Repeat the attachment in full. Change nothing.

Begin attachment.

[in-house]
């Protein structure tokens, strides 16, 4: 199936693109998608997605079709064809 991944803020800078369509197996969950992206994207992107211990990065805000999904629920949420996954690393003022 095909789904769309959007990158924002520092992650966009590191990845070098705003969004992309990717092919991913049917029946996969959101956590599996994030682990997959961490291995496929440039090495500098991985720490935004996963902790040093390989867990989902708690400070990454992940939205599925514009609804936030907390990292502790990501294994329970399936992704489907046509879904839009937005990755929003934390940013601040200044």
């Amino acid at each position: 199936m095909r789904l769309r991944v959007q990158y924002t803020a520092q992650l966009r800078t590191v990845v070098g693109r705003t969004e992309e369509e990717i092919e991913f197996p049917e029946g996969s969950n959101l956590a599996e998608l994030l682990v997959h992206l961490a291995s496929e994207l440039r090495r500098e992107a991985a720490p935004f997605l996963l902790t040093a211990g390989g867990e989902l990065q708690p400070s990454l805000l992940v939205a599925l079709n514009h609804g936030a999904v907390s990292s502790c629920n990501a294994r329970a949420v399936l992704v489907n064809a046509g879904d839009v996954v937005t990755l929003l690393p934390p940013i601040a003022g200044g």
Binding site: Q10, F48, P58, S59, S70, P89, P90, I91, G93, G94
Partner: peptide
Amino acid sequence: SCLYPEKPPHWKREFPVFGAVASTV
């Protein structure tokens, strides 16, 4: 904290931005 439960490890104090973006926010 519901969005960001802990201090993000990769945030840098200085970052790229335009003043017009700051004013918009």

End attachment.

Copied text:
[in-house]
């Protein structure tokens, strides 16, 4: 199936693109998608997605079709064809 991944803020800078369509197996969950992206994207992107211990990065805000999904629920949420996954690393003022 095909789904769309959007990158924002520092992650966009590191990845070098705003969004992309990717092919991913049917029946996969959101956590599996994030682990997959961490291995496929440039090495500098991985720490935004996963902790040093390989867990989902708690400070990454992940939205599925514009609804936030907390990292502790990501294994329970399936992704489907046509879904839009937005990755929003934390940013601040200044």
């Amino acid at each position: 199936m095909r789904l769309r991944v959007q990158y924002t803020a520092q992650l966009r800078t590191v990845v070098g693109r705003t969004e992309e369509e990717i092919e991913f197996p049917e029946g996969s969950n959101l956590a599996e998608l994030l682990v997959h992206l961490a291995s496929e994207l440039r090495r500098e992107a991985a720490p935004f997605l996963l902790t040093a211990g390989g867990e989902l990065q708690p400070s990454l805000l992940v939205a599925l079709n514009h609804g936030a999904v907390s990292s502790c629920n990501a294994r329970a949420v399936l992704v489907n064809a046509g879904d839009v996954v937005t990755l929003l690393p934390p940013i601040a003022g200044g």
Binding site: Q10, F48, P58, S59, S70, P89, P90, I91, G93, G94
Partner: peptide
Amino acid sequence: SCLYPEKPPHWKREFPVFGAVASTV
């Protein structure tokens, strides 16, 4: 904290931005 439960490890104090973006926010 519901969005960001802990201090993000990769945030840098200085970052790229335009003043017009700051004013918009």